The Best Trellis Designs #Organic_Gardening
T-Posts and Twine
This experimental trellis system is used for displaying cucumbers and small melons. Several t-posts are installed in two lines, leaned outwards to create a V-shape. Twine is tied between each t-post to complete each line of the V, and plants are placed on the inside of the V. As cucumbers and other vining plants grow, the fruits will hang on the opposite side of the V in a decorative fashion.
Chicken Wire A-Frame
These trellises are made by creating a small frame with long legs out of untreated cedar. Chicken wire is stapled onto the frame, and hinges are used to attach two frames together at the top. This construction allows flexibility of width in the garden and flat winter storage. Unruly chicken wire is contained when attached to the frame, and the trellis can be used for years to come. This is a good trellis for peas, shorter beans, and vining flowers
T-Posts and Hog Panel
A t-post and hog panel is the most used trellis system on the Seed Savers Exchange farm because of its ease of installation and versatile use. Two t-posts per panel are installed, and panels are attached with zip ties or twine. Vining plants will climb, and non-vining plants can be tied to the panel with twine for support.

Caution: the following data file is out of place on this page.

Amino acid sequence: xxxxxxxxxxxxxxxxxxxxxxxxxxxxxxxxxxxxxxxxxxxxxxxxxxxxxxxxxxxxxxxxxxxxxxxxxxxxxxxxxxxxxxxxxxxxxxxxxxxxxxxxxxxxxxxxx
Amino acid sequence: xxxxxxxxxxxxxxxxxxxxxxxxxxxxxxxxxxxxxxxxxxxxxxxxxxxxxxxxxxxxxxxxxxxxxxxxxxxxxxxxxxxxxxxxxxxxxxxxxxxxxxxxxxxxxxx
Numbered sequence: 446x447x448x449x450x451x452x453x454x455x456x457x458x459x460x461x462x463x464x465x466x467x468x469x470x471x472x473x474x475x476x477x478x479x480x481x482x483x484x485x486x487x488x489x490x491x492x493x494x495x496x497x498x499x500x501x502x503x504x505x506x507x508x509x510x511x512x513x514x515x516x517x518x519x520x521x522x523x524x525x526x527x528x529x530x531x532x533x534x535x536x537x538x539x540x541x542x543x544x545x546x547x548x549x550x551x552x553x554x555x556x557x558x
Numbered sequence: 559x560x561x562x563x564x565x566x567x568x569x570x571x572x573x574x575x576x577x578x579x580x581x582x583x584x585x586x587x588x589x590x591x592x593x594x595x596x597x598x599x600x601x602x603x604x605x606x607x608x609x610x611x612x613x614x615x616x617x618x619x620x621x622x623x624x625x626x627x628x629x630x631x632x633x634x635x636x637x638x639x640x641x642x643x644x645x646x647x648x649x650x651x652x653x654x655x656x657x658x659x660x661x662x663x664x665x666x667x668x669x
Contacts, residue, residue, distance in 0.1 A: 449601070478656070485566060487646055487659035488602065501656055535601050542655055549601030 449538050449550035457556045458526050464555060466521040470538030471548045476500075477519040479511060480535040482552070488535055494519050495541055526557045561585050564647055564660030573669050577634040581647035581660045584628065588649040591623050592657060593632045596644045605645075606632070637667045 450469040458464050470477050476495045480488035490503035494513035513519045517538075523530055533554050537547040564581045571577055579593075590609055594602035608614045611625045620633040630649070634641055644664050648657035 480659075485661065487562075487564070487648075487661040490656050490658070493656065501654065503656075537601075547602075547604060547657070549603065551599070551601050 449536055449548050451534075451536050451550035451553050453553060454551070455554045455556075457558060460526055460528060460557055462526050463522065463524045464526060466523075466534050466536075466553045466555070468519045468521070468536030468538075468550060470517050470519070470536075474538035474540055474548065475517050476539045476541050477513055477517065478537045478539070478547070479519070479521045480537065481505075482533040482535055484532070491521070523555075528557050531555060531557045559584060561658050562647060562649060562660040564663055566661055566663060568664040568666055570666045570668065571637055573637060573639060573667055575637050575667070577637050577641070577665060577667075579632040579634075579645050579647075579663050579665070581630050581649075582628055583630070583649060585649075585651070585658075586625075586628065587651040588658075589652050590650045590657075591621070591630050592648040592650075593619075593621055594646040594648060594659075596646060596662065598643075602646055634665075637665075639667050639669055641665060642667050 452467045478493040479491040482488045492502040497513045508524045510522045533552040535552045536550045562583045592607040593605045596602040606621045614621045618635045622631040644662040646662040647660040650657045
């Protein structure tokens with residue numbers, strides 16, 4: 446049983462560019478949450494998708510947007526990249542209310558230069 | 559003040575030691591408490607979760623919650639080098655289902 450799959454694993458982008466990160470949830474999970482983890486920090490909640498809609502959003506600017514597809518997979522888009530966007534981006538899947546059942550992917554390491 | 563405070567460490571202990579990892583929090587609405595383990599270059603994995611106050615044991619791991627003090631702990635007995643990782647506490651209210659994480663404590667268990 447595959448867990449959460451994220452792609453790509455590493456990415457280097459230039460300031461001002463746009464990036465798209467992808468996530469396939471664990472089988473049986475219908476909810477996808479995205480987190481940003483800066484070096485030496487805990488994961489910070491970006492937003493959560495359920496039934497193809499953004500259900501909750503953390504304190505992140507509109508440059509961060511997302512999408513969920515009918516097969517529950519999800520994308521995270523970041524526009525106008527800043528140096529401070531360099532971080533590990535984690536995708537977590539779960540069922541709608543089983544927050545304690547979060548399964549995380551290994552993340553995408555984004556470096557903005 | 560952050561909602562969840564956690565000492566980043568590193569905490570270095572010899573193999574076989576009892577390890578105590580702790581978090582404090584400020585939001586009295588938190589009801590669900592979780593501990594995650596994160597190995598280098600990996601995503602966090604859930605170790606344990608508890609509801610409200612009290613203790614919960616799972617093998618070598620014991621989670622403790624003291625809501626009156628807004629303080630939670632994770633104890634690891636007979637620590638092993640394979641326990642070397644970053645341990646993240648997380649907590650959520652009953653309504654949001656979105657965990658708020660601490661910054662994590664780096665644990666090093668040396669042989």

Bamboo and Twine
Bamboo stakes are incredibly useful around the garden, and trellis systems of all types can be made with a handful of stakes and twine. Tee-pees can be created by installing several stakes in a circle, then tying the tops together with twine. Long bamboo walls are made by creating two lines of poles about a foot apart, and tying the tops together.
A stake placed perpendicularly on top of the poles adds stability. Bamboo trellis systems work well with beans, runners, and other strong climbers. Bamboo is not recommended for cowpeas and peas, as they have a more difficult time attaching to the smooth surface of the poles.